This course is intended to be an introduction to differential geometry, more particularly the differential geometry of embedded manifolds. Roughly speaking, we will study curves, surfaces, and their higher dimensional analogs in terms of notions like distance, length, and curvature, using differentiation and integration. In this context, the word differential refers to the fact that we will be making use of the tools and techniques of calculus. Geometry roughly refers to the fact that we will be using concepts like distance and curvature (this stands in contrast to the subject of differential topology where distances are not necessarily well-defined). Finally, embedded means we will only be considering those spaces which are subspaces of n-dimensional real Euclidean space, \(\mathbb{R}^n\) .
This course will be proofs-based, meaning that you will be expected to be able to read, write, and understand mathematical proofs. Throughout the course I will assume familiarity with basic concepts from multivariable calculus, differential equa- tions, and linear algebra. Some material from real analysis will also be used, though for the purposes of this course some such theorems can be treated as black boxes.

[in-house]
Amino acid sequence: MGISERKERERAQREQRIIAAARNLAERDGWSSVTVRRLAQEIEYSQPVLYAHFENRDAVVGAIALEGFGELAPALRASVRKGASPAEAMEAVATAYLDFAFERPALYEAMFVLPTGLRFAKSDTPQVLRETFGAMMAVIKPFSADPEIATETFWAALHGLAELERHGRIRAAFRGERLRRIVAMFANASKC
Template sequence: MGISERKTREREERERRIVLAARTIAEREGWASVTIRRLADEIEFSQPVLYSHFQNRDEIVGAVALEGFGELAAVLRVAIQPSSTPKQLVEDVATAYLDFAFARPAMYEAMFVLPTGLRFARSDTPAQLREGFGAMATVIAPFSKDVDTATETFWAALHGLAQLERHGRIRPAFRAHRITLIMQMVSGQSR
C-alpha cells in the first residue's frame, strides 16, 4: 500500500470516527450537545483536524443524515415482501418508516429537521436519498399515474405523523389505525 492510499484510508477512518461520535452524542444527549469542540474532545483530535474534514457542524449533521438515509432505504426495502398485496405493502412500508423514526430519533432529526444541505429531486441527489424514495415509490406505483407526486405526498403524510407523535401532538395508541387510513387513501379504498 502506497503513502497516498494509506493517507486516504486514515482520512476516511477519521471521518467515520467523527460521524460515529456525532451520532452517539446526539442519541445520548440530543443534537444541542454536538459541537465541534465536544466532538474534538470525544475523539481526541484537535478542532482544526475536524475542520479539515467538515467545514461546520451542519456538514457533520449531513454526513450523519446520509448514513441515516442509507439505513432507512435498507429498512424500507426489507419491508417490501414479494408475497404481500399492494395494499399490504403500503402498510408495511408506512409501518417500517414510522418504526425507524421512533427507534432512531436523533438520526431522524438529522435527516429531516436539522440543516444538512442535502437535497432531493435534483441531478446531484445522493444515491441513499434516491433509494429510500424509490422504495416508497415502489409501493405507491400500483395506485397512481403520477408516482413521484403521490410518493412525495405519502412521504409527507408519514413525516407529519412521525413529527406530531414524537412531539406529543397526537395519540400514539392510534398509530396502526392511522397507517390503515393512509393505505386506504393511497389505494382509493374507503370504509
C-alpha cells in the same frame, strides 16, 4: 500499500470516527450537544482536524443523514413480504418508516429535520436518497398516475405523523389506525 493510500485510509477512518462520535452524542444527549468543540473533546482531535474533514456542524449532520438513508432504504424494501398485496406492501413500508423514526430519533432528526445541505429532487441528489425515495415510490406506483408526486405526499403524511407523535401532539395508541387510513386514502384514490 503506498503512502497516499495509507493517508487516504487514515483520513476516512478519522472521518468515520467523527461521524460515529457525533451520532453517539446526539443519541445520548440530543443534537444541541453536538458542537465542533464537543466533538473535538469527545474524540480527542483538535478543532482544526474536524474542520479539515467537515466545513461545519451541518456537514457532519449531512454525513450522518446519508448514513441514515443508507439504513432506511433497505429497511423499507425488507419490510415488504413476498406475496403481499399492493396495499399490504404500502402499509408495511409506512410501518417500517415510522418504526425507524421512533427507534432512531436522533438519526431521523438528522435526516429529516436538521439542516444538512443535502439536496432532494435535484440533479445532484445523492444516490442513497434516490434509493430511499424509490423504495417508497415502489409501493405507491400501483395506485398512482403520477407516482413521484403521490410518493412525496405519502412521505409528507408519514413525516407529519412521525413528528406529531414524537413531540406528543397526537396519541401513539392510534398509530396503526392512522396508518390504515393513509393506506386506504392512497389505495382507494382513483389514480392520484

The aim of the course will be to reach a pair of profound statements about the nature of curved surfaces in \(\mathbb{R}^n\) . The Gauß-Bonnet Theorem relates several notions of curvature to an invariant called the Euler characteristic. The Theorema Egregium — also proven by Gauß — shows that the curvature of a surface depends only on only a few types of information about that surface. Along the way to these two theorems, we will encounter concepts like Frenet frames, arc length, curvature, tangent spaces, and fundamental forms. Time permitting, we may also discuss additional topics such as Minkowski space, manifolds, differential forms, and tensors.
Below is a list of resources which may be of help in the course. I will periodically update the list throughout the semester